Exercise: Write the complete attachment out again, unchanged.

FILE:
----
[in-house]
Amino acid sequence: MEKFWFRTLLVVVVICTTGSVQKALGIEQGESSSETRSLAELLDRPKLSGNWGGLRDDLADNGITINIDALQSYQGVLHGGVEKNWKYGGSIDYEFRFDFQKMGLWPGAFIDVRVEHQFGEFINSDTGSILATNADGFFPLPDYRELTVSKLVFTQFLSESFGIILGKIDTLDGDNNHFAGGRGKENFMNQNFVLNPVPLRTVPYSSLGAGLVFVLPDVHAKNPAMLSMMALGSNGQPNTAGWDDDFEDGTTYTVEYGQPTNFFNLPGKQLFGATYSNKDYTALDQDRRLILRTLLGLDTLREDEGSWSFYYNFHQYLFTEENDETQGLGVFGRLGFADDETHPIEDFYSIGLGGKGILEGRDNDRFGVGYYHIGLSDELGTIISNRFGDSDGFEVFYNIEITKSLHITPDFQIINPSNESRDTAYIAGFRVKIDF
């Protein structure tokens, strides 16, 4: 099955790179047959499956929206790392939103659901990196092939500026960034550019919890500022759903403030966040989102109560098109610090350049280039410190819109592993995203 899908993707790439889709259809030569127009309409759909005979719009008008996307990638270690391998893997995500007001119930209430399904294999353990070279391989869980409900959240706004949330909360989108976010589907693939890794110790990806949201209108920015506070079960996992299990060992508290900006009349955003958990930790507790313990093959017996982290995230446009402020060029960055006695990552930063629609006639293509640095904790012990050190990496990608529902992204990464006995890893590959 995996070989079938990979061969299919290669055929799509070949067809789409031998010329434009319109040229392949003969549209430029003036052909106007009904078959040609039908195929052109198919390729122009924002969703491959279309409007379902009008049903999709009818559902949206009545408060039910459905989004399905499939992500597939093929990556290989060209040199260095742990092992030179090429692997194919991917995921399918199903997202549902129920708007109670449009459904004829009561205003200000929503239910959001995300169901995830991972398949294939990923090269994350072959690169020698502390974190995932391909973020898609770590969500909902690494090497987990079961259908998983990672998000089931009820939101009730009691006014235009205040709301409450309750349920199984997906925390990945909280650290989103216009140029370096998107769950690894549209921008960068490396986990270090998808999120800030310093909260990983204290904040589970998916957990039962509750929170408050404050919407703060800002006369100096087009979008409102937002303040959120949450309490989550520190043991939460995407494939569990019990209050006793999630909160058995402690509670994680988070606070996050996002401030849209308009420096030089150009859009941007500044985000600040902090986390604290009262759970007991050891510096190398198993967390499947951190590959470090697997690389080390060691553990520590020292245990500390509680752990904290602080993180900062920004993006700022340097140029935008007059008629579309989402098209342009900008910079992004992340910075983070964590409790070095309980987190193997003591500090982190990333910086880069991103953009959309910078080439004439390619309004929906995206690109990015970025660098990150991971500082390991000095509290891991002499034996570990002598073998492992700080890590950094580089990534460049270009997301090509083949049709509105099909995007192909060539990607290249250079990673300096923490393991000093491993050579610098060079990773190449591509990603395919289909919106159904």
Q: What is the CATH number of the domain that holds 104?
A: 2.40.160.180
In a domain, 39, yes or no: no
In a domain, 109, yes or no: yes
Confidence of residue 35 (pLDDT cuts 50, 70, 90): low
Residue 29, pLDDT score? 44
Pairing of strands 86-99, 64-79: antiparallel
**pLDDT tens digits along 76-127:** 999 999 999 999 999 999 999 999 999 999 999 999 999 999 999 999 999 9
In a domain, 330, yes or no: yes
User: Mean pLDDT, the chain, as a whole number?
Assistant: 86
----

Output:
[in-house]
Amino acid sequence: MEKFWFRTLLVVVVICTTGSVQKALGIEQGESSSETRSLAELLDRPKLSGNWGGLRDDLADNGITINIDALQSYQGVLHGGVEKNWKYGGSIDYEFRFDFQKMGLWPGAFIDVRVEHQFGEFINSDTGSILATNADGFFPLPDYRELTVSKLVFTQFLSESFGIILGKIDTLDGDNNHFAGGRGKENFMNQNFVLNPVPLRTVPYSSLGAGLVFVLPDVHAKNPAMLSMMALGSNGQPNTAGWDDDFEDGTTYTVEYGQPTNFFNLPGKQLFGATYSNKDYTALDQDRRLILRTLLGLDTLREDEGSWSFYYNFHQYLFTEENDETQGLGVFGRLGFADDETHPIEDFYSIGLGGKGILEGRDNDRFGVGYYHIGLSDELGTIISNRFGDSDGFEVFYNIEITKSLHITPDFQIINPSNESRDTAYIAGFRVKIDF
């Protein structure tokens, strides 16, 4: 099955790179047959499956929206790392939103659901990196092939500026960034550019919890500022759903403030966040989102109560098109610090350049280039410190819109592993995203 899908993707790439889709259809030569127009309409759909005979719009008008996307990638270690391998893997995500007001119930209430399904294999353990070279391989869980409900959240706004949330909360989108976010589907693939890794110790990806949201209108920015506070079960996992299990060992508290900006009349955003958990930790507790313990093959017996982290995230446009402020060029960055006695990552930063629609006639293509640095904790012990050190990496990608529902992204990464006995890893590959 995996070989079938990979061969299919290669055929799509070949067809789409031998010329434009319109040229392949003969549209430029003036052909106007009904078959040609039908195929052109198919390729122009924002969703491959279309409007379902009008049903999709009818559902949206009545408060039910459905989004399905499939992500597939093929990556290989060209040199260095742990092992030179090429692997194919991917995921399918199903997202549902129920708007109670449009459904004829009561205003200000929503239910959001995300169901995830991972398949294939990923090269994350072959690169020698502390974190995932391909973020898609770590969500909902690494090497987990079961259908998983990672998000089931009820939101009730009691006014235009205040709301409450309750349920199984997906925390990945909280650290989103216009140029370096998107769950690894549209921008960068490396986990270090998808999120800030310093909260990983204290904040589970998916957990039962509750929170408050404050919407703060800002006369100096087009979008409102937002303040959120949450309490989550520190043991939460995407494939569990019990209050006793999630909160058995402690509670994680988070606070996050996002401030849209308009420096030089150009859009941007500044985000600040902090986390604290009262759970007991050891510096190398198993967390499947951190590959470090697997690389080390060691553990520590020292245990500390509680752990904290602080993180900062920004993006700022340097140029935008007059008629579309989402098209342009900008910079992004992340910075983070964590409790070095309980987190193997003591500090982190990333910086880069991103953009959309910078080439004439390619309004929906995206690109990015970025660098990150991971500082390991000095509290891991002499034996570990002598073998492992700080890590950094580089990534460049270009997301090509083949049709509105099909995007192909060539990607290249250079990673300096923490393991000093491993050579610098060079990773190449591509990603395919289909919106159904």
Q: What is the CATH number of the domain that holds 104?
A: 2.40.160.180
In a domain, 39, yes or no: no
In a domain, 109, yes or no: yes
Confidence of residue 35 (pLDDT cuts 50, 70, 90): low
Residue 29, pLDDT score? 44
Pairing of strands 86-99, 64-79: antiparallel
**pLDDT tens digits along 76-127:** 999 999 999 999 999 999 999 999 999 999 999 999 999 999 999 999 999 9
In a domain, 330, yes or no: yes
User: Mean pLDDT, the chain, as a whole number?
Assistant: 86